2. The author of the list was a well-known SFF author writing for a publication (i.e. not their blog). (Jeff VanderMeer, Adam Roberts).
3. Lists by fanzines, fan writers, semi-prozines, or podcasts that have recently been nominated for the Hugo award. I figure if they’re that much part of the process, they’re likely to be influential/predictive. (Dribble of Ink, BookSmugglers, Strange Horizons, Coode Street Review, SF Signal).
Remember, the goal of Chaos Horizon is to predict who is most likely to win the Hugo and Nebula based on past voting patterns, not which novel should win the Hugo or Nebula. Don’t let my lists impact your vote: vote for the novels you think are most worthy of the awards.
Methodology: 1 point for showing up on a list. Since some of these lists are in themselves collations of multiple critics, I toyed around with a more complicated methodology: multiple points if there were more than 3 critics, etc. In the end, I was able to discard all of that: the order of the list didn’t change no matter how I counted. That let me go with the simplest methodology: 1 point for appearing on a list. Nice, clean, simple.
So who wins?
1. Ancillary Sword, Ann Leckie, 8 points
2. Annihilation, Jeff VanderMeer, 6 points
3. The Goblin Emperor, Katherine Addison, 5 points
3. The Magician’s Land, Lev Grossman, 5 points
3. Lagoon, Nnedi Okorafor, 5 points
3. Steles of the Sky, Elizabeth Bear, 5 points
3. The Bone Clocks, David Mitchell, 5 points
3. The Girls at the Kingfisher Club, Genevieve Valentine, 5 points
3. The Three-Body Problem, Cixin Liu, 5 points
10. City of Stairs, Robert Jackson Bennett, 4 points
10. All those Vanished Engines, Paul Park, 4 points
10. Broken Monsters, Lauren Beukes, 4 points
10. The Martian, Andy Weir, 4 points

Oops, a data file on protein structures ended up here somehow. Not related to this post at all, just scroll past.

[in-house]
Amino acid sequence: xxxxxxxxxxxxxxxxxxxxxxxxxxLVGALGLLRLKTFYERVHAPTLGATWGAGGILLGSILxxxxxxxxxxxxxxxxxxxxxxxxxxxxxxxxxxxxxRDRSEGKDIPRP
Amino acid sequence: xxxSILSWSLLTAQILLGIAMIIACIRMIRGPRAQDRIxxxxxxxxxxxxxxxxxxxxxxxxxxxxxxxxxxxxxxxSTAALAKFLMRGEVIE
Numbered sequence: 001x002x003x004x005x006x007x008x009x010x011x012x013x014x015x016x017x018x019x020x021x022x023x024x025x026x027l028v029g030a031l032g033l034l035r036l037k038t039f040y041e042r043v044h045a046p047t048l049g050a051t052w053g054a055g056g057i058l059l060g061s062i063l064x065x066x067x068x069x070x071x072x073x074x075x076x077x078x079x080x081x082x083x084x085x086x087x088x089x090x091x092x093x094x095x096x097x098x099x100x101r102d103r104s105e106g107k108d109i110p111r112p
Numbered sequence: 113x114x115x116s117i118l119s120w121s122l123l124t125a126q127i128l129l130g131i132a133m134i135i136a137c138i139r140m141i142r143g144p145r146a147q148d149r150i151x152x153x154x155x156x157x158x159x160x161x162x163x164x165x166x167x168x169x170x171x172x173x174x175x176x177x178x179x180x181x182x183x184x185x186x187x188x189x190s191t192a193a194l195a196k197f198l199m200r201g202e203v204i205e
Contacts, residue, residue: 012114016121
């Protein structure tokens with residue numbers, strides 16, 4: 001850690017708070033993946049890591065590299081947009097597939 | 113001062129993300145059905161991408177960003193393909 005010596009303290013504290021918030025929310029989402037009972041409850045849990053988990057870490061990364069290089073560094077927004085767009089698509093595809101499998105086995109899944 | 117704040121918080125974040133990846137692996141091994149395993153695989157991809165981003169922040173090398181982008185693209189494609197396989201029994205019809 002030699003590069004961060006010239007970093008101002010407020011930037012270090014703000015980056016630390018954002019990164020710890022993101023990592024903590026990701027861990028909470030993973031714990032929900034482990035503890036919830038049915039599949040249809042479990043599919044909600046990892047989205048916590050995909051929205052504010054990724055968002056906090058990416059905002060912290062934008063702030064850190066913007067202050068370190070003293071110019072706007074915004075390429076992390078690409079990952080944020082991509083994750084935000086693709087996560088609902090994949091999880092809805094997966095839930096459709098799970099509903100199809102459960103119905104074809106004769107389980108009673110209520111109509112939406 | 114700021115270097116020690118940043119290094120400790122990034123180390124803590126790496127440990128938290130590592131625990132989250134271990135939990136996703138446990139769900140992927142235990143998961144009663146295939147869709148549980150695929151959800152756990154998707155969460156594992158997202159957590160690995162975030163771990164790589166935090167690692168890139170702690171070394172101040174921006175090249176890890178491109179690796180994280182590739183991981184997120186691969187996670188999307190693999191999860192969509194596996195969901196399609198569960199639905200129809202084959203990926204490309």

10. The Peripheral, William Gibson, 4 points
15. A Man Lies Dreaming, Lavie Tidhar, 3 points
15. Europe in Autumn, Dave Hutchinson, 3 points
15. Half a King, Joe Abercrombie, 3 points
15. My Real Children, Jo Walton, 3 points
15. The Bees, Laline Paull, 3 points
15. The Book of Strange New Things, Michel Faber, 3 points
15. The Causal Angel, Hannu Rajaniemi, 3 points
15. The First Fifteen Lives of Harry August, Clair North, 3 points
15. The Girl in the Road, Monica Byrne, 3 points
15. Tigerman, Nick Harkaway, 3 points
15. Wolves, Simon Ings, 3 points
Even though Ancillary Sword wasn’t as hyped or well-received as Ancillary Justice, the math really worked in Leckie’s favor. Leckie has a huge “incumbent” advantage; everyone wanted to see what she did next, and since Sword wasn’t a total let-down (many thought it was the better-written book, even if a less exciting and innovative than Justice), it made an impressive 80% of the lists. I expect Leckie to easily cruise to Hugo + Nebula nominations this year.
VanderMeer places a strong second. Some of those votes were for Annihilation alone, others for the whole Area X/Southern Reach trilogy. I think VanderMeer is a near certainty for a Nebula nomination at this point, and I’ve got him as the favorite to win (voters won’t want to give Leckie two awards in a row). I’ll be interested to see how the Nebulas and Hugos handle this nomination, whether for Annihilation or the whole series.
The Goblin Emperor dominated the fanzine/fan writer lists. I don’t know how much said lists will impact the Nebulas, but I can imagine Addison sneaking into that award. Depending on how crowded and contentious the Hugo becomes, she also has a solid shot there.
The list gets more complicated as you move down. The Magician’s Land and Steles of the Sky are the final volumes of well-received fantasy trilogies. In the past, both the Nebula and the Hugo have shied away from honoring books like this. It does make a certain amount of sense to honor a trilogy by nominating the final work. Will it happen this year?